“That’s a dodgy place,” said the receptionist, when we showed him the Google-mapped coordinates of our yoga program. “But! Who am I to say– please forgive me, I spoke too soon– go, go and see for yourself, it may not be your experience,” he quickly added with a hasty smile.
Suspicious and somewhat defeated after seven and a half hours on the road, we hauled our 65+ liter backpacks back into the trunk of the taxi and went in search of what was to be our home for the next month: a temple of yoga, learning and evolution, introspection and blossoming.
No such fortune.
In less than 24 hours of our arrival, all six students– myself included– each from a different country and of a different age, came to the same conclusion: We have been scammed. What was meant to be our ashram, our safe haven, was in fact a number of rented hotel rooms in a run down resort (open to all paying guests), punctuated by a cell block for a “yoga hall” with cement floors and a single window to the outside, the view fragmented by bars.
The classes were no better, although we did not stick around past lunchtime for further speculation. After spending 40 minutes silently watching our teacher demonstrate belly breathing, glancing incredulously at each other in the yoga den of Arctic proportions, we made a pact over our meal of rice and dahl: we would leave the confines of the “resort” in search of other options.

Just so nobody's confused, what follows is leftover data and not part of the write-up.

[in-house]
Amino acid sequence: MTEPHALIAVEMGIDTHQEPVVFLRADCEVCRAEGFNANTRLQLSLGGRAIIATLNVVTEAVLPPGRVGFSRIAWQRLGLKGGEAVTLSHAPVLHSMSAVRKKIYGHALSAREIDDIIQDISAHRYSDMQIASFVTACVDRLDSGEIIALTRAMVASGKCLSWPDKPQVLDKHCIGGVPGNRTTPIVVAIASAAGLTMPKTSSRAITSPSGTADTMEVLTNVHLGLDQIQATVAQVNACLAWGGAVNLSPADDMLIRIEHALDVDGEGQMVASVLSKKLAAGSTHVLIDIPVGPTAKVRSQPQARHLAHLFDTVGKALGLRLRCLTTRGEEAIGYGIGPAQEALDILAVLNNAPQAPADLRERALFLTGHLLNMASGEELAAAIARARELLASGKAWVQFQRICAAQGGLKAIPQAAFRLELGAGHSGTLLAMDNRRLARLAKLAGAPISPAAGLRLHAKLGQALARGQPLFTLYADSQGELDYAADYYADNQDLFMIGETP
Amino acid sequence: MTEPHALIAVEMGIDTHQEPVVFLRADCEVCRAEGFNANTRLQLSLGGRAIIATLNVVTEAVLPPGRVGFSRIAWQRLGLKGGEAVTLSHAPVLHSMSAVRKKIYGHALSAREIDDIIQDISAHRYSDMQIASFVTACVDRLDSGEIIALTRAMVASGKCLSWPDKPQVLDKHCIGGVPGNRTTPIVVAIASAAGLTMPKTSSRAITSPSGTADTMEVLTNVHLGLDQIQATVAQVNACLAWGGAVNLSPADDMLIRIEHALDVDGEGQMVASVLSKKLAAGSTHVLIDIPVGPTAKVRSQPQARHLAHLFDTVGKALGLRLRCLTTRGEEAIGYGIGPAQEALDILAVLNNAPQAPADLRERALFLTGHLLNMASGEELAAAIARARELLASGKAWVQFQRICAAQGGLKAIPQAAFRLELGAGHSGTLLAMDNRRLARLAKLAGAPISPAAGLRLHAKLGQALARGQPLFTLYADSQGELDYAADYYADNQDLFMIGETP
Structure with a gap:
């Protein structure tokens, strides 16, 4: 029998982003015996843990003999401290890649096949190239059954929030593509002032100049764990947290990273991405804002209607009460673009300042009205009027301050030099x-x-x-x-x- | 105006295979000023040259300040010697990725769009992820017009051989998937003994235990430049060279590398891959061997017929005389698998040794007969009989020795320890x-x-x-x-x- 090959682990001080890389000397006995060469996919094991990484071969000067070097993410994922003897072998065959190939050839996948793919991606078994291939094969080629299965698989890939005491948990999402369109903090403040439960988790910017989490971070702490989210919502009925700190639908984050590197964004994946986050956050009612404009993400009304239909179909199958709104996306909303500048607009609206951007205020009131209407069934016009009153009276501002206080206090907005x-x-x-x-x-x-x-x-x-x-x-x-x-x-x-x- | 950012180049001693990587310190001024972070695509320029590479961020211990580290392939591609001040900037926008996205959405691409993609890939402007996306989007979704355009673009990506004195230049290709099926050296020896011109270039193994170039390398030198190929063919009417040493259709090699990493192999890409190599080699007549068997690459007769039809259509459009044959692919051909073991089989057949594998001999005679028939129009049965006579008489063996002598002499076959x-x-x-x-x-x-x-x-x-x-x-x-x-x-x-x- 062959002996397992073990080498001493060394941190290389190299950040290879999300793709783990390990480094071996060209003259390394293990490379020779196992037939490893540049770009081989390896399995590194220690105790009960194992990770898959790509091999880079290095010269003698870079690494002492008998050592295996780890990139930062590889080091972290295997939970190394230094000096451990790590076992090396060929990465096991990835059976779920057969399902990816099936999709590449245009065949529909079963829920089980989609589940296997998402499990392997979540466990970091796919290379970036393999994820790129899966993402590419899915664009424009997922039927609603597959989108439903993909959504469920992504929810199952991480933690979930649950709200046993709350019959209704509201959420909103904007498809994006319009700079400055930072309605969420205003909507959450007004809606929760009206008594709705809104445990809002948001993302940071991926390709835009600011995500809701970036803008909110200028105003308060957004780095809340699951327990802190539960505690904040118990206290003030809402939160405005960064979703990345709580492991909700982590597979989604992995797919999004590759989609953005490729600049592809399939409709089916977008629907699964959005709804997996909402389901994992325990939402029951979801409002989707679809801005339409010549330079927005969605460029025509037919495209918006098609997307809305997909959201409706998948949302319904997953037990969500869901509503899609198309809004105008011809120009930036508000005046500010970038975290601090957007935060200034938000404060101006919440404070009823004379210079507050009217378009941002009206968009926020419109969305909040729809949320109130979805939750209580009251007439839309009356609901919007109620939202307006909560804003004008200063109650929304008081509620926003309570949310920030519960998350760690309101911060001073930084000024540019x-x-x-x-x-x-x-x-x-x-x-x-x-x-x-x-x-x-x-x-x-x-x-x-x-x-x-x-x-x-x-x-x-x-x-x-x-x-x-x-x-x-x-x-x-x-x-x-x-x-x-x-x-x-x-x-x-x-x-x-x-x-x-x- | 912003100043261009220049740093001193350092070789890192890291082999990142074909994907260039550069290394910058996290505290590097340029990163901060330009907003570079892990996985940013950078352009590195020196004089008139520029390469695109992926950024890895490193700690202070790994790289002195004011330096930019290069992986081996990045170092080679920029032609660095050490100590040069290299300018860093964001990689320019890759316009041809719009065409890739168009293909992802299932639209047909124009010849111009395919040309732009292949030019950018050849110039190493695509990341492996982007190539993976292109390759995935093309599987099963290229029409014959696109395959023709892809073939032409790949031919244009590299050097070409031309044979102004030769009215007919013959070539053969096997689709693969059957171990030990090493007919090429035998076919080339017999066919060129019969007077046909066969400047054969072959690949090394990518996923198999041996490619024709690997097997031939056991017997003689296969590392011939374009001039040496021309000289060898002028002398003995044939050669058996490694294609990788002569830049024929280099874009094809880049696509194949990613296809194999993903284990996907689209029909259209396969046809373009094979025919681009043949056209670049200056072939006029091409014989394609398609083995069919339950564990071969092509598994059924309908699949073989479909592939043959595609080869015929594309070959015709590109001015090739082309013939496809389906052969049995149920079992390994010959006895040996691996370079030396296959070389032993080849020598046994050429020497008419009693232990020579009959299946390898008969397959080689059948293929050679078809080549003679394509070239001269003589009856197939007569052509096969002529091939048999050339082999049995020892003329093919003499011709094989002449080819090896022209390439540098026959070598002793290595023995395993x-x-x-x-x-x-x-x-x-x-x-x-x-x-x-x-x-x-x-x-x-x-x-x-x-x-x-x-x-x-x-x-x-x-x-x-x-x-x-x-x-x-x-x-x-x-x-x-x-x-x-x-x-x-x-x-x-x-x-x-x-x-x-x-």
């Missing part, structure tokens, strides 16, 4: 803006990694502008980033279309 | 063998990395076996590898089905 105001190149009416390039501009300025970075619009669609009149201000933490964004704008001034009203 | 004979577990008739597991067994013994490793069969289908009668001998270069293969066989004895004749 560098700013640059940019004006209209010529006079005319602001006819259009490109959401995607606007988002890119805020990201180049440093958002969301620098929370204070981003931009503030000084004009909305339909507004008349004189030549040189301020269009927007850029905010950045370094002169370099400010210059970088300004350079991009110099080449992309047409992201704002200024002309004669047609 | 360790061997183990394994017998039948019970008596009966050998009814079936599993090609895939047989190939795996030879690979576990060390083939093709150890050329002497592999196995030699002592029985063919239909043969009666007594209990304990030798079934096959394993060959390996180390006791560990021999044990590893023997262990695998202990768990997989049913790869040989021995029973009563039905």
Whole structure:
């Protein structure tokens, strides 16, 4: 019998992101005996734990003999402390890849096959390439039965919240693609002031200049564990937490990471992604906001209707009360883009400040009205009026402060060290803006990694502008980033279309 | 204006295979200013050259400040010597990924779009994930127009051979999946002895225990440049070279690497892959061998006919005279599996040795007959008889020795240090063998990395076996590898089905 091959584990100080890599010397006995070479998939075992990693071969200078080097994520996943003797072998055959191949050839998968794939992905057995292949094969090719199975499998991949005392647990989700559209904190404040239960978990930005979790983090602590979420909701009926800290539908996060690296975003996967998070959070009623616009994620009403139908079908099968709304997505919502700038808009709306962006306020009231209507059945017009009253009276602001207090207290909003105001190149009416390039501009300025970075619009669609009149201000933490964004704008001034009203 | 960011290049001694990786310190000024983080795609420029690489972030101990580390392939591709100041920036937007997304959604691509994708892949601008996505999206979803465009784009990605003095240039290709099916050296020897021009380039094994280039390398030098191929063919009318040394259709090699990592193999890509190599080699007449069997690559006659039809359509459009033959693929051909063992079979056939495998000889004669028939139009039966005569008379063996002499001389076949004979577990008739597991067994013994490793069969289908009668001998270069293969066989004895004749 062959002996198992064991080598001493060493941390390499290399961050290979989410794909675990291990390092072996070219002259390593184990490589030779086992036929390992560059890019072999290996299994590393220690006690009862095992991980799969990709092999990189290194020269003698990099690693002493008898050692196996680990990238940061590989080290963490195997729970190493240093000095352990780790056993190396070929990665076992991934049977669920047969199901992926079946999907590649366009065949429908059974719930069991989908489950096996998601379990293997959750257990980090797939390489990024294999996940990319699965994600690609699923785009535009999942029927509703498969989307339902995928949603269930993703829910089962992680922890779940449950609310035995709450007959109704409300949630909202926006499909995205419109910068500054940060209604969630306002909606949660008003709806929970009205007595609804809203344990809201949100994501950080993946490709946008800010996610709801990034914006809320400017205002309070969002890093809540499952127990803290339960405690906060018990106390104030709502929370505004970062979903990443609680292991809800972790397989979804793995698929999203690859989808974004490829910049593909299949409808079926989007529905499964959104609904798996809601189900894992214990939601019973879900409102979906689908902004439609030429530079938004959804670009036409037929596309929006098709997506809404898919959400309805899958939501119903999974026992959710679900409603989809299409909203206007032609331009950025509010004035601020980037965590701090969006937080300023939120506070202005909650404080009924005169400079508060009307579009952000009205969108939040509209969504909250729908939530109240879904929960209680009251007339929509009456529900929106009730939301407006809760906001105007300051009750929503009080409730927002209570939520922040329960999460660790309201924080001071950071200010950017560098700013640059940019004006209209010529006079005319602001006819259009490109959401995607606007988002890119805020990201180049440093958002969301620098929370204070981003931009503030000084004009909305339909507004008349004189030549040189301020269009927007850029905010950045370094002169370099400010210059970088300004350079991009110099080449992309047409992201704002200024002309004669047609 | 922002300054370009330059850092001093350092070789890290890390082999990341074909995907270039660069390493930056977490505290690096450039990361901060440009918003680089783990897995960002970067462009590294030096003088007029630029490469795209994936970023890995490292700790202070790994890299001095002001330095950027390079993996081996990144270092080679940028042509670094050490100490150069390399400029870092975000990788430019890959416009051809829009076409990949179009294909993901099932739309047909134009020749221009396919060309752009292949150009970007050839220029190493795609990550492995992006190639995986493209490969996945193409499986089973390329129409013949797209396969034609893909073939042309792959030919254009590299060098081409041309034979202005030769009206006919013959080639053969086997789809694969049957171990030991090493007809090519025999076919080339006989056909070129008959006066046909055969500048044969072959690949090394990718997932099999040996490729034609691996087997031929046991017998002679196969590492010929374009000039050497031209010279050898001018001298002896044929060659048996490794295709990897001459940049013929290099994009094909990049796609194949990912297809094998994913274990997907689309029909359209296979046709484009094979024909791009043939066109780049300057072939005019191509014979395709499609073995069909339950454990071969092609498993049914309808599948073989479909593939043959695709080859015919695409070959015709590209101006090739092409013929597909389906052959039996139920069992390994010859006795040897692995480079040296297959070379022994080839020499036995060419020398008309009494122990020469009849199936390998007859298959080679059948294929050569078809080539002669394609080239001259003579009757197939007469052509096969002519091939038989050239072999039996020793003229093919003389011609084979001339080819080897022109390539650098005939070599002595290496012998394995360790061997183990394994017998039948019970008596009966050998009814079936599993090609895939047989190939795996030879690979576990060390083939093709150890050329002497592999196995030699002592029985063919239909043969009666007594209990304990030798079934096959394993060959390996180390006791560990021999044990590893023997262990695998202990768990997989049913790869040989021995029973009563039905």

And so, the Kaivalya Misfits were born. An unlikely group, joined by a shared intention powerful enough to send us packing into the night, cutting our loses with deposit fees, and brimming with hope of finding the educational pillars of our yogic paths.
Our tireless research spanned the next four days. From dawn to dusk we made phone calls, compiled lists of questions, went door to door and visited yoga halls, dining rooms, sleeping quarters.
We met yogis and teachers of many generations, some more ethically inclined than others– insisting they could not say which school is better, that it is our path to find the right one for ourselves.
On more frequent occasions, we would hear the words, “Best in all of Rishikesh… Most positively best in all of India.” After the fifth school to tout this celebrated reputation, we began to truly grasp the gravity of yoga’s evolution as a business, far from its roots as a spiritual, mental and physical discipline.
“Yoga is ruined here in Rishikesh,” a yogi with a voice like honey and the bone structure of a Greek god, told us. “It is not what it used to be. If you want real yoga, go to Kerala. There is a school there built by a Brahmin. There, you can experience yoga as it has been taught for 2500 years,” he said, shining his pearly teeth in a warm smile.
Entranced, we listened to his stories as he told us of the changes Rishikesh underwent since the Beatles came to visit. Nothing is the same as it used to be.
Amidst the commercialization and sheer magnitude of profit yoga brings to India– specifically Rishikesh– year after year, the purity of intention is lost.
“There is one other option, an old ashram here in Tapovan, but the course is most certainly full. Listen to your hearts, you will find your way.” Wishing us best of luck with a bow of the head and hands in Namaskar, he sent us on our way, though I am sure some of us were keen to stay and listen to more stories of wild tigers and elephants, yogis living in caves, and the magic of the holy Ganges river.